whether reid was impaired. police say he told an officer that he had two or three drinks and had taken adderall. we're learning more about the three people stranded on a remote island for 35 days with no food or water. abc's andrea fujii explains how they were found. >> reporter: this morning, three cuban nationals are recovering after being stranded on a remote deserted island for five weeks. >> these people were very blessed. it was uninhabited but, yeah, they were out in the middle of nowhere. >> reporter: video shows how initially food, water and a radio were dropped down to them on monday after a routine patrol spotted large flags and a cross made out of sticks and fabric pinpointing the trio's position. the married couple and another man were found on anguilla cay, a small island between key west and the bahamas. the rescue crew then returned a day later in better weather to fly them to key west. >> we actually discovered them waving next to their temporary
shelter that they had built for themselves. >> reporter: coast guard lieutenant mike allert was on the aircraft that made the rescue. pictures show the shelter the three had made. with little food and water, they reportedly survived off rats and conch shells. >> what's very common in the bahamas are conch shells which have mussel inside them, and it seemed that at least around the area where they were living, there were a lot of those. >> reporter: they were dehydrated and tired but not seriously hurt. with no signs of a raft, it's unknown how they got to the island or whether they were trying to flee cuba. only speaking spanish, the rescue crew was not able to easily communicate with them, but the relief needed no translation. >> being out in those harsh elements for a long period of time, that emotion is still definitely conveyed through a smile and just they were very happy to see us. >> reporter: the three were taken to a key west hospital. no word yet if they'll go back to cuba or can stay in the u.s. kenneth, mona. >> all right, andrea, thank you. coming up, is decaf better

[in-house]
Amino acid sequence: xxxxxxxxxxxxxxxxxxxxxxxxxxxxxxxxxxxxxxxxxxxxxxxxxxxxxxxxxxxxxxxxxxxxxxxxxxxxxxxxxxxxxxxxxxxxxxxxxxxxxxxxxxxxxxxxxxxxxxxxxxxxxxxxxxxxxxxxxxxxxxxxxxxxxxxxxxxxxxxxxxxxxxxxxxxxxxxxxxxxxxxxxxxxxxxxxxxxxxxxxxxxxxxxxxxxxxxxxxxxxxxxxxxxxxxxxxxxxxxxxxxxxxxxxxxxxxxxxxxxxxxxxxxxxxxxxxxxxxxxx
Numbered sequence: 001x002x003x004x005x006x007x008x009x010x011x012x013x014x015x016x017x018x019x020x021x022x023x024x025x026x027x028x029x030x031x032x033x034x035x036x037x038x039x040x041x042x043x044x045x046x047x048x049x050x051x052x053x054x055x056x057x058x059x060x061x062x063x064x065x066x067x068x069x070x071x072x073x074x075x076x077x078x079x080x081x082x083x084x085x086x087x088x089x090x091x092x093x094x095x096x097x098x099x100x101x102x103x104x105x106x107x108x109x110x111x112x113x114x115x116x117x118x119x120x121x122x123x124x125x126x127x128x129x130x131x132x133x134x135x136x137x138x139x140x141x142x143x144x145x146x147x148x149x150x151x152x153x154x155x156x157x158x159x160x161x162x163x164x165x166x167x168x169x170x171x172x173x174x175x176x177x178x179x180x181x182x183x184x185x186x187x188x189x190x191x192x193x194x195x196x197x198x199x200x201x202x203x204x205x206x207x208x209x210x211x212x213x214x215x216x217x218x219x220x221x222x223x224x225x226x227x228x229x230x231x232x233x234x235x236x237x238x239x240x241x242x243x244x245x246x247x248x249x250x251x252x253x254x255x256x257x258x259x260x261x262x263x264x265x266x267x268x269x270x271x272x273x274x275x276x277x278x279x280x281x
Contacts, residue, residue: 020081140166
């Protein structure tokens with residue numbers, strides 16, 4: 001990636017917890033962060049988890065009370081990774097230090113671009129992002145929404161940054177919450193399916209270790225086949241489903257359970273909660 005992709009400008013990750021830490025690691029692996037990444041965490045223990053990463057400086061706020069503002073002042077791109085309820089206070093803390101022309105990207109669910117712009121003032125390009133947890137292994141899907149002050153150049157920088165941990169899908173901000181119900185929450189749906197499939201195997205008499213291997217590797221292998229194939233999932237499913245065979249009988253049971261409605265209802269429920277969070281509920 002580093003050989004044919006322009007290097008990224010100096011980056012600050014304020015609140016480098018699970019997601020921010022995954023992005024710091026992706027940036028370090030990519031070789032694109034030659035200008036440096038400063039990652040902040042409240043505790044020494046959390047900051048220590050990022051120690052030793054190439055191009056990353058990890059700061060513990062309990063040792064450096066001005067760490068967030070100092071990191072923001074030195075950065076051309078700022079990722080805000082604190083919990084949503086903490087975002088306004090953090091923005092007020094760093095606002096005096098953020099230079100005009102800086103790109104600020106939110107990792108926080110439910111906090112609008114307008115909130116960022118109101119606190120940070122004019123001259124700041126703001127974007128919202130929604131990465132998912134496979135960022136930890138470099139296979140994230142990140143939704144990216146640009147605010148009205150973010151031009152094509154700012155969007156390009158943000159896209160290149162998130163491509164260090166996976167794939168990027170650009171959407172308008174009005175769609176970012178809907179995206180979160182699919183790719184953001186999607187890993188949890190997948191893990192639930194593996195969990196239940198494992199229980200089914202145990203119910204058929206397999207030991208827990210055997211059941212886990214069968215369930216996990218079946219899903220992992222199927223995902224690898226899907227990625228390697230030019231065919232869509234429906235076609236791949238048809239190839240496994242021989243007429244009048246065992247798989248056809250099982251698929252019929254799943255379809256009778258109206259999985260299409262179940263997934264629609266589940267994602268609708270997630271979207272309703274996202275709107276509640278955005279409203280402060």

than regular? the new study on coffee and your heart. also ahead, the disturbing spree of attacks targeting elderly people on the street. these are real people, not actors, who've got their eczema under control. with less eczema, you can show more skin. so roll up those sleeves. and help heal your skin from within with dupixent. dupixent is the first treatment of its kind that continuously treats moderate-to-severe eczema, or atopic dermatitis, even between flare ups. dupixent is a biologic, and not a cream or steroid. many people taking dupixent saw clear or almost clear skin, and, had significantly less itch. don't use if you're allergic to dupixent. serious allergic reactions can occur, including anaphylaxis, which is severe. tell your doctor about new or worsening eye problems, such as eye pain or vision changes, or a parasitic infection. if you take asthma medicines, don't change or stop them without talking to your doctor. so help heal your skin from within,
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new push for safety reforms following the pilot's actions. this morning, a federal investigation finds the pilot's actions likely caused the helicopter crash that killed kobe bryant, his daughter and seven others. >> an accident is something that is unforeseen, unpredictable, if you will. unfortunately, this wasn't. we pretty well know what happened. >> reporter: the ntsb releasing its findings into last year's crash in southern california saying when bryant's chopper climbed into the thick fog, the pilot, ara zobayan, could no longer see where he was going and became spatially disoriented. moments before the crash, zobayan told air traffic controllers he was gaining altitude to fly above the clouds when, in fact, he was turning left and descending eventually crashing into a hillside. the ntsb also says zobayan violated safety standards by flying into the fog because he was flying under visual flight rules meaning he needed to see where he was going. >> the pilot was making his way